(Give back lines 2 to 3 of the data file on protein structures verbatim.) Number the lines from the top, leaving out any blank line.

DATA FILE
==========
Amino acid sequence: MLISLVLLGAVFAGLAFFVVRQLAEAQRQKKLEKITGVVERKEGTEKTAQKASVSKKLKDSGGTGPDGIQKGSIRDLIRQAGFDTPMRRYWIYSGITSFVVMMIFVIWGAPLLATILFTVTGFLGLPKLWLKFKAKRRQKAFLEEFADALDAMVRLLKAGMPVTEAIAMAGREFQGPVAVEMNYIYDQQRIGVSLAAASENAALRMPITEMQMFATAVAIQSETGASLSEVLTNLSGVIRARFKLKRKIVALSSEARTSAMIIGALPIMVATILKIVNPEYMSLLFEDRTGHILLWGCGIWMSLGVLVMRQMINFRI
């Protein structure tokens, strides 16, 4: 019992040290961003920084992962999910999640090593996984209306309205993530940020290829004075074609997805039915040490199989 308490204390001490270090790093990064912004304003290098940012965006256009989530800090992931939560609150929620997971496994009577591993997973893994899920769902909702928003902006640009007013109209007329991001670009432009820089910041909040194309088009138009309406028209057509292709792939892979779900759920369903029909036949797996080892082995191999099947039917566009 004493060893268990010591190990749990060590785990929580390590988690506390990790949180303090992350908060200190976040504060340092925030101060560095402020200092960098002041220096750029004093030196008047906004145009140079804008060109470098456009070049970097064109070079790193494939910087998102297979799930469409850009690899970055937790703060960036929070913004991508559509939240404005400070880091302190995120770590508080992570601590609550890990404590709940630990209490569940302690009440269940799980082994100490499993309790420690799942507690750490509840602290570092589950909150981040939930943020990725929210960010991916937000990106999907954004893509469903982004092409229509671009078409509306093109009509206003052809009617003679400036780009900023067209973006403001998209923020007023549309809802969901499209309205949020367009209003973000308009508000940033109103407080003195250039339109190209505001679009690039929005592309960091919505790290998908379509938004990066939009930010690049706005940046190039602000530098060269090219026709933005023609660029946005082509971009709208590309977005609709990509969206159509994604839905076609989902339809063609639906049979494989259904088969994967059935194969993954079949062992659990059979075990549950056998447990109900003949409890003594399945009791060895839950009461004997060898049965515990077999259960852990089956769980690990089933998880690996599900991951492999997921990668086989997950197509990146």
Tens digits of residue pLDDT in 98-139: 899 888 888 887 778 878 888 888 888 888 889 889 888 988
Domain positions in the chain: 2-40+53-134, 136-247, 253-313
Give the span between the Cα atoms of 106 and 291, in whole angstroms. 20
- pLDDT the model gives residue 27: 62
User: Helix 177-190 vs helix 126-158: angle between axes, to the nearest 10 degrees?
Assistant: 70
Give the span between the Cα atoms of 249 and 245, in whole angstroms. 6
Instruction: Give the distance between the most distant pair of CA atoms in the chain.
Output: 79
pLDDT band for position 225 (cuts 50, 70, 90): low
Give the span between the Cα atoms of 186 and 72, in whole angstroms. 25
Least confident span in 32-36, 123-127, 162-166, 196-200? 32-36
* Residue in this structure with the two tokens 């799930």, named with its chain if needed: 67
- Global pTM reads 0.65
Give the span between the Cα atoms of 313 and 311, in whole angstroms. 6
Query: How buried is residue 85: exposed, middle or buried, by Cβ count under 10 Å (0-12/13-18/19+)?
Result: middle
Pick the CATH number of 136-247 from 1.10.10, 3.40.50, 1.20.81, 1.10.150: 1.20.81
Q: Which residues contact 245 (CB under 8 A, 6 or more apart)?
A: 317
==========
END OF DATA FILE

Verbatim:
């Protein structure tokens, strides 16, 4: 019992040290961003920084992962999910999640090593996984209306309205993530940020290829004075074609997805039915040490199989 308490204390001490270090790093990064912004304003290098940012965006256009989530800090992931939560609150929620997971496994009577591993997973893994899920769902909702928003902006640009007013109209007329991001670009432009820089910041909040194309088009138009309406028209057509292709792939892979779900759920369903029909036949797996080892082995191999099947039917566009 004493060893268990010591190990749990060590785990929580390590988690506390990790949180303090992350908060200190976040504060340092925030101060560095402020200092960098002041220096750029004093030196008047906004145009140079804008060109470098456009070049970097064109070079790193494939910087998102297979799930469409850009690899970055937790703060960036929070913004991508559509939240404005400070880091302190995120770590508080992570601590609550890990404590709940630990209490569940302690009440269940799980082994100490499993309790420690799942507690750490509840602290570092589950909150981040939930943020990725929210960010991916937000990106999907954004893509469903982004092409229509671009078409509306093109009509206003052809009617003679400036780009900023067209973006403001998209923020007023549309809802969901499209309205949020367009209003973000308009508000940033109103407080003195250039339109190209505001679009690039929005592309960091919505790290998908379509938004990066939009930010690049706005940046190039602000530098060269090219026709933005023609660029946005082509971009709208590309977005609709990509969206159509994604839905076609989902339809063609639906049979494989259904088969994967059935194969993954079949062992659990059979075990549950056998447990109900003949409890003594399945009791060895839950009461004997060898049965515990077999259960852990089956769980690990089933998880690996599900991951492999997921990668086989997950197509990146």
Tens digits of residue pLDDT in 98-139: 899 888 888 887 778 878 888 888 888 888 889 889 888 988